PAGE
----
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A Self-Guided Literary Tour of Brooklyn

March 3, 2011

Truman Capote's home

I too lived—Brooklyn, of ample hills, was mine;
I too walk’d the streets of Manhattan Island, and bathed in the waters around it;

I too felt the curious abrupt questionings stir within me,

In the day, among crowds of people, sometimes they came upon me,

In my walks home late at night, or as I lay in my bed, they came upon me.

So writes Walt Whitman in Crossing Brooklyn Ferry, his poetic account of a trip across the East River. In addition to Whitman, many other scribblers call Brooklyn “home,” from comedy writer Simon Rich to fiction tour de force Jonathan Safran Foer. It’s only natural, then, that Brooklyn be teeming with literary points of interest. Here are ten of our favorites.

1. 826 NYC | Park Slope
Dave Egger’s superhero store cum non-profit tutoring center for kids offers a variety of lit programs, as well as products like Sasquatch Mucous and Invisibility Detection Goggles.

2. 175 Carlton Avenue | Fort Greene
Richard Wright lived in this brownstone while he wrote Native Son, his epic novel about an African American grappling with the harsh racial climate in Chicago during the 1930s.

3. 662 Driggs Avenue | Williamsburg
Tropic of Cancer author Henry Miller lived in this modest brick walk-up in the Fillmore Place Historic District from 1892-1901, when he was just a boy.

4. Brooklyn College | Midwood
This CUNY senior college is the alma mater of authors Daniel Keyes (Flowers for Algernon) and Frank McCourt (Angela’s Ashes), and is where Allen Ginsberg taught creative writing and Beat Generation courses as a Distinguished Professor.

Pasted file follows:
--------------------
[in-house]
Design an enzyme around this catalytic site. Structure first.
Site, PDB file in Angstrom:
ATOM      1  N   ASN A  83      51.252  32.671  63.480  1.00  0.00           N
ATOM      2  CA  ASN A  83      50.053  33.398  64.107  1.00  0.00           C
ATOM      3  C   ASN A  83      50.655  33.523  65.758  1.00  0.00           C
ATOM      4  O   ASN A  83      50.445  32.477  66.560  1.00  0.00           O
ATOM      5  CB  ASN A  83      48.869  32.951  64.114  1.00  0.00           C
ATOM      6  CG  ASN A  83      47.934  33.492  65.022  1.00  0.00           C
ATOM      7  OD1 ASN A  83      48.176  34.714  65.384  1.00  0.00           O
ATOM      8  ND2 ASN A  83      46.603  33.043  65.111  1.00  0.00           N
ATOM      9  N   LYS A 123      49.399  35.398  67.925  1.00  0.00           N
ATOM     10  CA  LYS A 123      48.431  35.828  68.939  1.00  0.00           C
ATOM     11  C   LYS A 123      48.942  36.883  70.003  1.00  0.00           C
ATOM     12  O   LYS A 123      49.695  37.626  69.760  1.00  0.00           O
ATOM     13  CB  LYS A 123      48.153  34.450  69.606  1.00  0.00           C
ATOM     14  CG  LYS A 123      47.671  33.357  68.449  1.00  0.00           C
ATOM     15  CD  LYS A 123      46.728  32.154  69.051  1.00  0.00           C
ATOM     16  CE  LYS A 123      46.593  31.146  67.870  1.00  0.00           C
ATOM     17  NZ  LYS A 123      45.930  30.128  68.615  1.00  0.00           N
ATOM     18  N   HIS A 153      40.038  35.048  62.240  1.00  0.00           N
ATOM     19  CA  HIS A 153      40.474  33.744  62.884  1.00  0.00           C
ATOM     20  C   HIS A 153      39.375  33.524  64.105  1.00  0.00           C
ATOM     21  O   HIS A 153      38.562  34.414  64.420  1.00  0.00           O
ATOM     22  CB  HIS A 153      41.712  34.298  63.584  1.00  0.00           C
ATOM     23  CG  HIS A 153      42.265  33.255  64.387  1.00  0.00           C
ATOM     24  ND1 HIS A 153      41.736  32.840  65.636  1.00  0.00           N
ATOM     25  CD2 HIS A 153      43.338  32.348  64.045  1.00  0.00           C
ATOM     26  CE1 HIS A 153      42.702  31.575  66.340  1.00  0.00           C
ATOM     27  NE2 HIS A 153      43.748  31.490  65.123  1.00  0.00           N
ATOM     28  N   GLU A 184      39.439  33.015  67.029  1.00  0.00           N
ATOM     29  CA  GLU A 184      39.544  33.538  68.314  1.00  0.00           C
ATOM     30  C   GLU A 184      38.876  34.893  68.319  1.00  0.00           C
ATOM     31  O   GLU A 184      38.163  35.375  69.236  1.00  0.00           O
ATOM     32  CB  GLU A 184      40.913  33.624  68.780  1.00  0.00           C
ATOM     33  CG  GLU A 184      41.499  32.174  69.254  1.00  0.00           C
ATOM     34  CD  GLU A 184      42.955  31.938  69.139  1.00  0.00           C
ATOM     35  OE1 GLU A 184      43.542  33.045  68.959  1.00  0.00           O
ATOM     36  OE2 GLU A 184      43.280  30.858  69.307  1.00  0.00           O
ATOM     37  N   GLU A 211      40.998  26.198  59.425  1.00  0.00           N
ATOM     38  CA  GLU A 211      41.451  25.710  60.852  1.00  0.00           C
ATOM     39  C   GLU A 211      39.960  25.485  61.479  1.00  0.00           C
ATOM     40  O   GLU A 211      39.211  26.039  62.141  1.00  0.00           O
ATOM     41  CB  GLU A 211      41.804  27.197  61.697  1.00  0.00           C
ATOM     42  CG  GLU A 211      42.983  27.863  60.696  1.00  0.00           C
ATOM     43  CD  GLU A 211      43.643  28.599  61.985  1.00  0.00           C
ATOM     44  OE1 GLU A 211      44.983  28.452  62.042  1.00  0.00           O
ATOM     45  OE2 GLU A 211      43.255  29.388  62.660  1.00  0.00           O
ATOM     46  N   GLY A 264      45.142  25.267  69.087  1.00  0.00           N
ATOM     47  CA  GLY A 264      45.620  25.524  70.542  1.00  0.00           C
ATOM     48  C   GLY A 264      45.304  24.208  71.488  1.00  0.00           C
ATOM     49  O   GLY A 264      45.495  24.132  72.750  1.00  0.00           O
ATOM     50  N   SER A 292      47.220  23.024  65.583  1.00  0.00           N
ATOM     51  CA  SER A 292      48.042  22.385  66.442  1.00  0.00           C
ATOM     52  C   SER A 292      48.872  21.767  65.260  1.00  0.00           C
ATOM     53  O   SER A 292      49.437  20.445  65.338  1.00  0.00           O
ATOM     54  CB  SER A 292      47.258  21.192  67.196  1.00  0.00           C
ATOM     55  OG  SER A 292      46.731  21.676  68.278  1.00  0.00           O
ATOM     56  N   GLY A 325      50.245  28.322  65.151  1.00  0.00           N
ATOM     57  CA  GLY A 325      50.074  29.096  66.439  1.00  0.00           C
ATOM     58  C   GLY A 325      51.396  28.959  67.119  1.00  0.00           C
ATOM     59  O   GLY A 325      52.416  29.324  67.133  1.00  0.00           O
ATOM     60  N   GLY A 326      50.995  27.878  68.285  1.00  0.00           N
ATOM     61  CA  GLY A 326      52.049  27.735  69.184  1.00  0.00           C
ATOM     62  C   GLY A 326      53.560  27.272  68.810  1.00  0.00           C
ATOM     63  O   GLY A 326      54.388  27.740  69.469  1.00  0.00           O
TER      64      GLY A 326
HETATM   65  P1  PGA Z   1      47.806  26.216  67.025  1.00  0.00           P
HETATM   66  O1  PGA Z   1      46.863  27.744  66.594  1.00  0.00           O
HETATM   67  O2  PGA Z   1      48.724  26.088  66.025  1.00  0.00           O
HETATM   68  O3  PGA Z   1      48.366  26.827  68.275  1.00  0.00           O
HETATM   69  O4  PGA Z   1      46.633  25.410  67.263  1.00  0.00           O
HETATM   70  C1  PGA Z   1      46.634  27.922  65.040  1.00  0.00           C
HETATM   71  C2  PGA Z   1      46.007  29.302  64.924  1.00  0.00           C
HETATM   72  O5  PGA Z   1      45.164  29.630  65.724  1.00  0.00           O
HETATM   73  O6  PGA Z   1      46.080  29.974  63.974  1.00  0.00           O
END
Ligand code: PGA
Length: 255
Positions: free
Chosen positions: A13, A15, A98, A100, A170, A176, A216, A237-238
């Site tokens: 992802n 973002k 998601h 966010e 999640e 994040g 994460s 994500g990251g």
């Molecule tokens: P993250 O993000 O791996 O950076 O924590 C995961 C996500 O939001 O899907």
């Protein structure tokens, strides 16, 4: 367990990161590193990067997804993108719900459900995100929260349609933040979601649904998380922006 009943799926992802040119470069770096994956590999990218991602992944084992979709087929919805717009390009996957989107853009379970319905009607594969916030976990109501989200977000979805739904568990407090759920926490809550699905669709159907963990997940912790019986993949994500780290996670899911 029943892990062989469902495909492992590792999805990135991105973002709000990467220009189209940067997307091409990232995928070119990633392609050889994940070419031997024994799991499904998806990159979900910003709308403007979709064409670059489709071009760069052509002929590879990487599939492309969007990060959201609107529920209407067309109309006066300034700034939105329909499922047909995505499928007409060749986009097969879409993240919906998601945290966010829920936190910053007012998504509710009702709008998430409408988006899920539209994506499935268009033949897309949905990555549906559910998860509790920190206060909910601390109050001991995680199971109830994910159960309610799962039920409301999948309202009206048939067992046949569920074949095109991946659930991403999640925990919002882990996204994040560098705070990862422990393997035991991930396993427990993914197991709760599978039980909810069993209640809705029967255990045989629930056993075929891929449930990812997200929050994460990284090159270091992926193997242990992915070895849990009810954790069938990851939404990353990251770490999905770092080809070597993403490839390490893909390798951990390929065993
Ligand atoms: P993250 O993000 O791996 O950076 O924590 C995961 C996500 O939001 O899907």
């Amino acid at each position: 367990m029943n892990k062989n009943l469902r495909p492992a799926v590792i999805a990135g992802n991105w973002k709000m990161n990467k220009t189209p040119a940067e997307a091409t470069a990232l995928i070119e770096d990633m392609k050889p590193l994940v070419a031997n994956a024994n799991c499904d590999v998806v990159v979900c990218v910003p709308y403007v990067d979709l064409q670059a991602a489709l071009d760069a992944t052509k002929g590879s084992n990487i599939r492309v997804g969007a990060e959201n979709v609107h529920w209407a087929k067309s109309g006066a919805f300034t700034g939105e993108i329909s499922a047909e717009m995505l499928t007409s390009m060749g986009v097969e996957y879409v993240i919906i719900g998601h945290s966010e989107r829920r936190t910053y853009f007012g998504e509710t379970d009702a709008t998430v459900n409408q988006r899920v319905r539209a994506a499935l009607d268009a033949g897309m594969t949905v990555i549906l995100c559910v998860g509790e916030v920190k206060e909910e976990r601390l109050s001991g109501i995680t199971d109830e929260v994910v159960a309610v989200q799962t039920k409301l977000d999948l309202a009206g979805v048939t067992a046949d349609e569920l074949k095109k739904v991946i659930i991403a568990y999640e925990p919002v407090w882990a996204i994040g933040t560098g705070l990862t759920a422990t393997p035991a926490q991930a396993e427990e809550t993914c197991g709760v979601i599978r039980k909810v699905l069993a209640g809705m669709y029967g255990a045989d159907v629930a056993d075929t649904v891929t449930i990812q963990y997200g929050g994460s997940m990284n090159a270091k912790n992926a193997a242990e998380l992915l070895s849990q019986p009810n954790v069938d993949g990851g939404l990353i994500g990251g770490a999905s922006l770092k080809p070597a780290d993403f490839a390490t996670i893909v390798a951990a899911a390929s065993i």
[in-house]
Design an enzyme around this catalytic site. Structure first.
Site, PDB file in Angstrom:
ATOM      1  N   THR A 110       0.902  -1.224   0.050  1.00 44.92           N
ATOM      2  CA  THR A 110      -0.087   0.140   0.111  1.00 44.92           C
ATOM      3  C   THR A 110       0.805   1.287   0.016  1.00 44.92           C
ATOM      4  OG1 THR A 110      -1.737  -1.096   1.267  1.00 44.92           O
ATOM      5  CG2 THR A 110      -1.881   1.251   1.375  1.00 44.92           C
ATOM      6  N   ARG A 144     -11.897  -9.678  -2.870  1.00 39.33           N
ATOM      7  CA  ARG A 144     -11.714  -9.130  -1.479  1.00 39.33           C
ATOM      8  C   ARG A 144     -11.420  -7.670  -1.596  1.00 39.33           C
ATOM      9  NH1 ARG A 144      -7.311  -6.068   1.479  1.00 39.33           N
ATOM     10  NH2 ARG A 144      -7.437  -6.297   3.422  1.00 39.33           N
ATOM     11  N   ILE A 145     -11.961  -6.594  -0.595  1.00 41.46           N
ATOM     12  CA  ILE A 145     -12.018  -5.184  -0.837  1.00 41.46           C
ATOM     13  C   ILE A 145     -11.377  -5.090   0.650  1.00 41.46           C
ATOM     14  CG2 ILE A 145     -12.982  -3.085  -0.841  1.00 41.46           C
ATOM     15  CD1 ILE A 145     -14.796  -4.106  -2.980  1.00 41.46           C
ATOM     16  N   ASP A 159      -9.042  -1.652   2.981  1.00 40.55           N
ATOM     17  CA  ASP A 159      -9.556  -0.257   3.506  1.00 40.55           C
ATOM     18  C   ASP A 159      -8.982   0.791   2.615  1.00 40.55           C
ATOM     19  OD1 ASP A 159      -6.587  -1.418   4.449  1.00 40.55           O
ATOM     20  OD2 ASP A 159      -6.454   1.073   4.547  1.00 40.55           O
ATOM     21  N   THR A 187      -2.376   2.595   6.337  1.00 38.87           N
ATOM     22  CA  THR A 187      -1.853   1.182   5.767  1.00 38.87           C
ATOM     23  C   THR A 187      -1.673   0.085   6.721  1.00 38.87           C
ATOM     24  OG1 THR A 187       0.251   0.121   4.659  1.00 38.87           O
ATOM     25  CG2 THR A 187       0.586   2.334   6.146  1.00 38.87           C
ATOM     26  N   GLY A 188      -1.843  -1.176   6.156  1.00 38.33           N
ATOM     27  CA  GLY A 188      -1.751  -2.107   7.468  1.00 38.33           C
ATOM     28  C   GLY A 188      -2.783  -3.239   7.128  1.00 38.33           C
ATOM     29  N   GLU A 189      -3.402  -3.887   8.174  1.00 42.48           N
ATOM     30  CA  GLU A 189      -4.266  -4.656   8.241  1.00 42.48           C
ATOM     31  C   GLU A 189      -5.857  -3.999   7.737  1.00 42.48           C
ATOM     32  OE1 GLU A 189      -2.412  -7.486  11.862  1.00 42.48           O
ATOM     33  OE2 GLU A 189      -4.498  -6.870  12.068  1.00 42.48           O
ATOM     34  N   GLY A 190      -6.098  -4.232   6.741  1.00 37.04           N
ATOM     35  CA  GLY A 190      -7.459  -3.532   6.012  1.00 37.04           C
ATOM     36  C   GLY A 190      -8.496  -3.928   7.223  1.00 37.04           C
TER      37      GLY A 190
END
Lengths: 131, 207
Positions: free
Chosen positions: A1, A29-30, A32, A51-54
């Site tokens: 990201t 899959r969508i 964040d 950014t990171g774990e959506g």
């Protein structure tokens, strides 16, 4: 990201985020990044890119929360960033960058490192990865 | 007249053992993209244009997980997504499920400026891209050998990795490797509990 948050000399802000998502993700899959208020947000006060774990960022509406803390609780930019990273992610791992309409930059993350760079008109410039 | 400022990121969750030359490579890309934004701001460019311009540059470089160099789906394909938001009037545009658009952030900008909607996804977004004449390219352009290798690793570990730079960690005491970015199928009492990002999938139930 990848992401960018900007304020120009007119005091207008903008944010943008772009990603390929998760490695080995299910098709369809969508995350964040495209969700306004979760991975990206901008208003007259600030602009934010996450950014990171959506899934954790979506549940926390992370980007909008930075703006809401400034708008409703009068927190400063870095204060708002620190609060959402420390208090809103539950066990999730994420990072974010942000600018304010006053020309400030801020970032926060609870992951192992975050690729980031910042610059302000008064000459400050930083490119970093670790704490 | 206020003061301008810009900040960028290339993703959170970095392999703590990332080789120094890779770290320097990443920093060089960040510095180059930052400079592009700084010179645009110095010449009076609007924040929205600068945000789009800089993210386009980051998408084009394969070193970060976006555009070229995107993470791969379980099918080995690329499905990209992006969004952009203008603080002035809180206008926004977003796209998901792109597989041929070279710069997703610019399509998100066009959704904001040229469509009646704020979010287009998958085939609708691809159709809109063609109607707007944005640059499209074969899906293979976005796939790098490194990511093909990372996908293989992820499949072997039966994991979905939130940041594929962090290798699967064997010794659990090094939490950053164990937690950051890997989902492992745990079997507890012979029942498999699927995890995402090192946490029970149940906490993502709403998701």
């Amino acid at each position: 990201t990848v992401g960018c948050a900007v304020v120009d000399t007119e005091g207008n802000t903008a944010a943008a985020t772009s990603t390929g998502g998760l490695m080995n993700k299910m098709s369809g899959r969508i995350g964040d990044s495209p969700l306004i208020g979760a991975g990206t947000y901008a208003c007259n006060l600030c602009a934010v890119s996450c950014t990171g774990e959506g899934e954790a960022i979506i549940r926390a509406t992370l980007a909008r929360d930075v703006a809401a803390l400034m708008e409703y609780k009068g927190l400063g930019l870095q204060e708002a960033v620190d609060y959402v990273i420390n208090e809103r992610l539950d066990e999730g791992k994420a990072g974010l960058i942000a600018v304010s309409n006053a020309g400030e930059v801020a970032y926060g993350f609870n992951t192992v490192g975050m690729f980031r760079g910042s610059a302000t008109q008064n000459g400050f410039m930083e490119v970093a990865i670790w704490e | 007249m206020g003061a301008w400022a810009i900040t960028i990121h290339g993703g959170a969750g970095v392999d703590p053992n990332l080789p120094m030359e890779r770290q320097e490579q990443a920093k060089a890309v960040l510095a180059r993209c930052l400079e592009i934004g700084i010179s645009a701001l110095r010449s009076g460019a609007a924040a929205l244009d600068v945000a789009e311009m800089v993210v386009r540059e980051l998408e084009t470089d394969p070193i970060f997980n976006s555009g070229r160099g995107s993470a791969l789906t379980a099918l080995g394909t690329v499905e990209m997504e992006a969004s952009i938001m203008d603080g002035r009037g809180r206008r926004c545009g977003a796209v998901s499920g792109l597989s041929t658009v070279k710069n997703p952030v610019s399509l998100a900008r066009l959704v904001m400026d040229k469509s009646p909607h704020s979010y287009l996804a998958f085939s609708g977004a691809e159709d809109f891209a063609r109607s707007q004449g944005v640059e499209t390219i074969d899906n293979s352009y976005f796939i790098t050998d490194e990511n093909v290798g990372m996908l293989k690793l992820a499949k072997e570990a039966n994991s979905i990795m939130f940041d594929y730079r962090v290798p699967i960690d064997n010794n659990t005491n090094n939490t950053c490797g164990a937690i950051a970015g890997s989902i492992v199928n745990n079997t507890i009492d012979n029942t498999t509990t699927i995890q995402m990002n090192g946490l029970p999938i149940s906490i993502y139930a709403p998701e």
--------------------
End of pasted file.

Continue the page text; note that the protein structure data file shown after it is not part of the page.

5. Green-Wood Cemetery | Greenwood Heights
Green-Wood Cemetery is the resting place of Horace Greeley, founder and editor of the NY Tribune, as well as poets Alice Cary and Elizabeth F. Ellet.

6. 169 Clinton Street | Brooklyn Heights
Weird Fiction pioneer H.P. Lovecraft lived in this then-decrepit Brooklyn Heights apartment after leaving Flatbush in 1924.

7. 70 Willow Street | Brooklyn Heights
Truman Capote lived in this lavish five-story Brooklyn Heights townhouse while he wrote “Breakfast At Tiffanys” and “A House on the Heights.”

8. 31 Grace Court | Brooklyn Heights
Arthur Miller lived in this Brooklyn Heights house when he completed Death of a Salesman in the late 40s. Later, he sold it to W.E.B. Du Bois, the civil rights activist and intellectual leader.

9. Brooklyn Public Library | Prospect Heights
While this may seem like an obvious choice, what’s not so apparent is the myriad of literary-inspired animals on the 40-foot bronze entry doors. See if you can spot Edgar Allan Poe’s raven, Paul Bunyan’s Babe the blue ox, and Jack London’s White Fang.

10. The Emerson | Clinton Hill
You’ve no doubt worked up a thirst by now, so stop into The Emerson bar for a poetry-themed cocktail like the Emerson or the Sir Walter Scott.

Originally written for offManhattan.

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